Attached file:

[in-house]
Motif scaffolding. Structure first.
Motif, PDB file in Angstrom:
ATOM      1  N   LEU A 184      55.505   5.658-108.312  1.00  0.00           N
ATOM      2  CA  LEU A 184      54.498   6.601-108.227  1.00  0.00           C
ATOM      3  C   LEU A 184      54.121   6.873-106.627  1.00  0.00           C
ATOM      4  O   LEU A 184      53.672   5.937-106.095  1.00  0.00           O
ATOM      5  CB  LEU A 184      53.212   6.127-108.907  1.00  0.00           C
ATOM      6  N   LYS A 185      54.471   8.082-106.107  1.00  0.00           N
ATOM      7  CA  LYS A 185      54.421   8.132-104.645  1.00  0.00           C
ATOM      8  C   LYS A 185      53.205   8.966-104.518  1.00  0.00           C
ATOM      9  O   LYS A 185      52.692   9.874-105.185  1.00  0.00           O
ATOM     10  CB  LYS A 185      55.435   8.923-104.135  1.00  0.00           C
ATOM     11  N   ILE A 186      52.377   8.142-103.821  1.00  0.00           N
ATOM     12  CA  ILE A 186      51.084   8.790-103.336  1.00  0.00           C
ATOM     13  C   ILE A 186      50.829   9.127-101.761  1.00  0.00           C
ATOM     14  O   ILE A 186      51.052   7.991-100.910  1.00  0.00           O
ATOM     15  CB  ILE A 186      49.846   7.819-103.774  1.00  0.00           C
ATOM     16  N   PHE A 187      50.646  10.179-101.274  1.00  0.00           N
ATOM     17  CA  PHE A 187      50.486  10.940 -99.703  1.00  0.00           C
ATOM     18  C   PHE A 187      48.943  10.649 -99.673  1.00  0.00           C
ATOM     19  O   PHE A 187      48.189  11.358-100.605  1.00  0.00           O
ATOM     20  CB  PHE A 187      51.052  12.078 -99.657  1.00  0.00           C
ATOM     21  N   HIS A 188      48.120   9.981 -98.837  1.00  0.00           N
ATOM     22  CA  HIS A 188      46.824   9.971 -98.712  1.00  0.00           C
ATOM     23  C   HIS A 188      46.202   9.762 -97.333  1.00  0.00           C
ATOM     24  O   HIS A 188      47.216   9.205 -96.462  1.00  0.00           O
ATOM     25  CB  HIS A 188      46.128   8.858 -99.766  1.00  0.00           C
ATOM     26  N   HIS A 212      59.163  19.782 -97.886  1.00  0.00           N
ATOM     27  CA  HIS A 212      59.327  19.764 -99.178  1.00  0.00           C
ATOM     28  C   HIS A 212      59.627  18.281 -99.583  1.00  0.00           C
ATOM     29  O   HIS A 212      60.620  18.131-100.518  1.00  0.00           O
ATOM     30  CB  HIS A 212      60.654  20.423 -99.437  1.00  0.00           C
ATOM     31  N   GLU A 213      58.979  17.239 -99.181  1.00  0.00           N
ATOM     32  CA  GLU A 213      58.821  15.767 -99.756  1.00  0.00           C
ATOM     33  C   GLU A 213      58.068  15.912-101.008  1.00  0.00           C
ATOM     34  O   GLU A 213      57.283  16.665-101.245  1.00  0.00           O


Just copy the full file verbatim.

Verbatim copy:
[in-house]
Motif scaffolding. Structure first.
Motif, PDB file in Angstrom:
ATOM      1  N   LEU A 184      55.505   5.658-108.312  1.00  0.00           N
ATOM      2  CA  LEU A 184      54.498   6.601-108.227  1.00  0.00           C
ATOM      3  C   LEU A 184      54.121   6.873-106.627  1.00  0.00           C
ATOM      4  O   LEU A 184      53.672   5.937-106.095  1.00  0.00           O
ATOM      5  CB  LEU A 184      53.212   6.127-108.907  1.00  0.00           C
ATOM      6  N   LYS A 185      54.471   8.082-106.107  1.00  0.00           N
ATOM      7  CA  LYS A 185      54.421   8.132-104.645  1.00  0.00           C
ATOM      8  C   LYS A 185      53.205   8.966-104.518  1.00  0.00           C
ATOM      9  O   LYS A 185      52.692   9.874-105.185  1.00  0.00           O
ATOM     10  CB  LYS A 185      55.435   8.923-104.135  1.00  0.00           C
ATOM     11  N   ILE A 186      52.377   8.142-103.821  1.00  0.00           N
ATOM     12  CA  ILE A 186      51.084   8.790-103.336  1.00  0.00           C
ATOM     13  C   ILE A 186      50.829   9.127-101.761  1.00  0.00           C
ATOM     14  O   ILE A 186      51.052   7.991-100.910  1.00  0.00           O
ATOM     15  CB  ILE A 186      49.846   7.819-103.774  1.00  0.00           C
ATOM     16  N   PHE A 187      50.646  10.179-101.274  1.00  0.00           N
ATOM     17  CA  PHE A 187      50.486  10.940 -99.703  1.00  0.00           C
ATOM     18  C   PHE A 187      48.943  10.649 -99.673  1.00  0.00           C
ATOM     19  O   PHE A 187      48.189  11.358-100.605  1.00  0.00           O
ATOM     20  CB  PHE A 187      51.052  12.078 -99.657  1.00  0.00           C
ATOM     21  N   HIS A 188      48.120   9.981 -98.837  1.00  0.00           N
ATOM     22  CA  HIS A 188      46.824   9.971 -98.712  1.00  0.00           C
ATOM     23  C   HIS A 188      46.202   9.762 -97.333  1.00  0.00           C
ATOM     24  O   HIS A 188      47.216   9.205 -96.462  1.00  0.00           O
ATOM     25  CB  HIS A 188      46.128   8.858 -99.766  1.00  0.00           C
ATOM     26  N   HIS A 212      59.163  19.782 -97.886  1.00  0.00           N
ATOM     27  CA  HIS A 212      59.327  19.764 -99.178  1.00  0.00           C
ATOM     28  C   HIS A 212      59.627  18.281 -99.583  1.00  0.00           C
ATOM     29  O   HIS A 212      60.620  18.131-100.518  1.00  0.00           O
ATOM     30  CB  HIS A 212      60.654  20.423 -99.437  1.00  0.00           C
ATOM     31  N   GLU A 213      58.979  17.239 -99.181  1.00  0.00           N
ATOM     32  CA  GLU A 213      58.821  15.767 -99.756  1.00  0.00           C
ATOM     33  C   GLU A 213      58.068  15.912-101.008  1.00  0.00           C
ATOM     34  O   GLU A 213      57.283  16.665-101.245  1.00  0.00           O